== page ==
Health: Anthrax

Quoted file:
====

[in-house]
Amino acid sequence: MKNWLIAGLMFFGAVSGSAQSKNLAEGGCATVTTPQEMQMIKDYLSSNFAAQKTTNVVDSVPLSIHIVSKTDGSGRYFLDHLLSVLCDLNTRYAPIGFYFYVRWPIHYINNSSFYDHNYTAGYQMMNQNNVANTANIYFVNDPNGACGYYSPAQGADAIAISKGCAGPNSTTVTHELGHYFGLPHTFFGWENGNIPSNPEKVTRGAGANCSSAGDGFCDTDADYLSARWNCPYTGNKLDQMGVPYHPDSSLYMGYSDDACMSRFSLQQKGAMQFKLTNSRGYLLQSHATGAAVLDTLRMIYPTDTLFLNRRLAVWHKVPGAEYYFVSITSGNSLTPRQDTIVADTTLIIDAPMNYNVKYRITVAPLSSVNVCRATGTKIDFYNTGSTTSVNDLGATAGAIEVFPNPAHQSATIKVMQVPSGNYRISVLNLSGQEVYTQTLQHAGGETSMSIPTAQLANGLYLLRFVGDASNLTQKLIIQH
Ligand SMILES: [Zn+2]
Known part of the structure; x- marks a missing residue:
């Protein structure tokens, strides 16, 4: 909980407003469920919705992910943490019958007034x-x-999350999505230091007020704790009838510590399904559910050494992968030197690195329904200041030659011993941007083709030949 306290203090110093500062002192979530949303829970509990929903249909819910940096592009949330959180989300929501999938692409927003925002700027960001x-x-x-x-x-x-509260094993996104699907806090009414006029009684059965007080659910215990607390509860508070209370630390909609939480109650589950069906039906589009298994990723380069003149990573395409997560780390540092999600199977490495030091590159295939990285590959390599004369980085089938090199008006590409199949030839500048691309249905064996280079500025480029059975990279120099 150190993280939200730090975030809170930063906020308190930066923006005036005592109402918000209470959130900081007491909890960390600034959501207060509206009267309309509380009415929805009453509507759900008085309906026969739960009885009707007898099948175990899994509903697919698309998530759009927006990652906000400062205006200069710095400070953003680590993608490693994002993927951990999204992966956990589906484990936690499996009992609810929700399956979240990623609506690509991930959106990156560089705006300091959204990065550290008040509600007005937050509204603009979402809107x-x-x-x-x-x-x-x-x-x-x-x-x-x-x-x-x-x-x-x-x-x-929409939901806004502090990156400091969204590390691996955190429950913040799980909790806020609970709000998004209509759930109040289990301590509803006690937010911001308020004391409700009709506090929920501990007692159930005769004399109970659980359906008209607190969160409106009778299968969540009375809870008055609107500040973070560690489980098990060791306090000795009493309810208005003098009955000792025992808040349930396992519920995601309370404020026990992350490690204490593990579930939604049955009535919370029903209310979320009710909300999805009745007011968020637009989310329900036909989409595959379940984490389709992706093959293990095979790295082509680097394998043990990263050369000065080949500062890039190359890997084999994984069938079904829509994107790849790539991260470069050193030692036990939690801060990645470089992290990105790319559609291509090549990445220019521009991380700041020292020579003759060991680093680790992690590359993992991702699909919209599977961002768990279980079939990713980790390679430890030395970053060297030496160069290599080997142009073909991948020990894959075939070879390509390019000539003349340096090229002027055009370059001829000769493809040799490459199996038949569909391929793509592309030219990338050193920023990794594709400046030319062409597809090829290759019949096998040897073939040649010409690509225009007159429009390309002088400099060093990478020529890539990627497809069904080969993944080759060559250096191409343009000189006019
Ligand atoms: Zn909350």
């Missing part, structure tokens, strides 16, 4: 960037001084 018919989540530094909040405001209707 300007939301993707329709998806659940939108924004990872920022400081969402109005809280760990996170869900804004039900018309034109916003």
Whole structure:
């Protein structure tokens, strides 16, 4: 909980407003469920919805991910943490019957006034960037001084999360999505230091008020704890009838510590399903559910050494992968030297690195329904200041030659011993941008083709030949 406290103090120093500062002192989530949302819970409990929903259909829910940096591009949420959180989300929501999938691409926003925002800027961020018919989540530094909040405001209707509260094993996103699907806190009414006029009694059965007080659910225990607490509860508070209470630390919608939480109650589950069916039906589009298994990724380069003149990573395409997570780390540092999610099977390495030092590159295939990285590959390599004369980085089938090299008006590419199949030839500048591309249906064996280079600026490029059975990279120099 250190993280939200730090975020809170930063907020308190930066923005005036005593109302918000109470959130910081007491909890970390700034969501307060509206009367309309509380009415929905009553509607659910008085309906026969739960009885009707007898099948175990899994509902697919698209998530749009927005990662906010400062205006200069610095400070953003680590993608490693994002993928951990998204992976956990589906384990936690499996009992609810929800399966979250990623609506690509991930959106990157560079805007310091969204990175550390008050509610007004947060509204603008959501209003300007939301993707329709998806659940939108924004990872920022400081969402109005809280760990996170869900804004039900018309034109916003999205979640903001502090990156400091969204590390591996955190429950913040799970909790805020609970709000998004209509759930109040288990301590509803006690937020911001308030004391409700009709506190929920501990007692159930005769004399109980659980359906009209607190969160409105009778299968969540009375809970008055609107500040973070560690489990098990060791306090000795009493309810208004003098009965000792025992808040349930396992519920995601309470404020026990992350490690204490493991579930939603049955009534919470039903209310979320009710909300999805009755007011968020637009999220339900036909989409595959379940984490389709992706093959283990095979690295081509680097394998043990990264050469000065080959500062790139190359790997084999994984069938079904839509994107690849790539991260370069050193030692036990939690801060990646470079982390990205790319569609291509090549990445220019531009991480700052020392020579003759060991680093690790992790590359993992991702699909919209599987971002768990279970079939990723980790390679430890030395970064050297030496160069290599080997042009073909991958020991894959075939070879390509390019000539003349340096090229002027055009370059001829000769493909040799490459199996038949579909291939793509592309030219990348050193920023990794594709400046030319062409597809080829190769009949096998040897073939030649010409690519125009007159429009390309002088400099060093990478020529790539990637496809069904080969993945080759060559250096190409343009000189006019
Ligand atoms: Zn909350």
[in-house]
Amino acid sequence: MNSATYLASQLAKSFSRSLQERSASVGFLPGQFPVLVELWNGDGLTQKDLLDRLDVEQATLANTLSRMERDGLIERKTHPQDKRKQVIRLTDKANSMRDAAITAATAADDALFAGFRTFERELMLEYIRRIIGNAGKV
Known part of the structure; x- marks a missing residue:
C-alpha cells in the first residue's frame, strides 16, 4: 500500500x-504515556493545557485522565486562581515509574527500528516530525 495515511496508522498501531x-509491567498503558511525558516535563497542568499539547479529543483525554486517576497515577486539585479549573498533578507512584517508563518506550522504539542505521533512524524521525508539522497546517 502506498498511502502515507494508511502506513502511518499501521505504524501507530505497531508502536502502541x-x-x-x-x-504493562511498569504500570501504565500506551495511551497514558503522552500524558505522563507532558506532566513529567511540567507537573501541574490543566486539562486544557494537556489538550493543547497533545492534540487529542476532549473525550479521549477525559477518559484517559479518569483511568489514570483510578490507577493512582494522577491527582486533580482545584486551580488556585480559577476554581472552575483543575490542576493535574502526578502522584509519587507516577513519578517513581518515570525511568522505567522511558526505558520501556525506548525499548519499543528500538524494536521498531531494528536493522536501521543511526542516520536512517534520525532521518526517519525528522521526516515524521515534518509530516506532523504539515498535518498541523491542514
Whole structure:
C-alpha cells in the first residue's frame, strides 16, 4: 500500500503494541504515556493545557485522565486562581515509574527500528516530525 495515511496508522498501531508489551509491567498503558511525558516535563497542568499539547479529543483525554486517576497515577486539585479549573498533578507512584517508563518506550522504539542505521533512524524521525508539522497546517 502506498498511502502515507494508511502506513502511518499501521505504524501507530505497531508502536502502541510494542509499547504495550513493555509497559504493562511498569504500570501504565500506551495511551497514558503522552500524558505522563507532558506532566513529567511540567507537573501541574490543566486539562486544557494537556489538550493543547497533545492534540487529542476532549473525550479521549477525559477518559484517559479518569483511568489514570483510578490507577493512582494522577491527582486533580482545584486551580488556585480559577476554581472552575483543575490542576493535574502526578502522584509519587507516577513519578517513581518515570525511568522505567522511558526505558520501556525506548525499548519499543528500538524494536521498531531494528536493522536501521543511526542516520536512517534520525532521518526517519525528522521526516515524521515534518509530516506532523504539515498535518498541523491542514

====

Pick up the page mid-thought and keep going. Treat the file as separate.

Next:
If you remember the 2001 anthrax attacks, you would think that the government has the deadly disease’s prevention under control. Even over a decade after the attempted bioterrorist attacks against several news agencies and United States senators the week after September 11th, 2001, the Centers for Disease Control have not perfected a method for containing anthrax. The attacks took place in the form of mailed letters; the paper that was used in the letters was laced with the bacteria. Anthrax is a highly contagious disease caused by a bacterium known as Bacillus anthracis that affects both humans and animals; when the bacteria are inhaled, ingested, or come into contact with the skin of a host, they infect and attack. The CDC’s supervision of anthrax research has recently come under fire, since dozens of CDC workers almost came into contact with the disease due to improper handling of the bacteria. The disease was transferred in Ziploc bags, which is obviously not approved to carry such a dangerous pathogen. Representatives recently held an Energy and Commerce Oversight and Investigations hearing on the issue, where closer scrutiny of CDC practices have been demanded.

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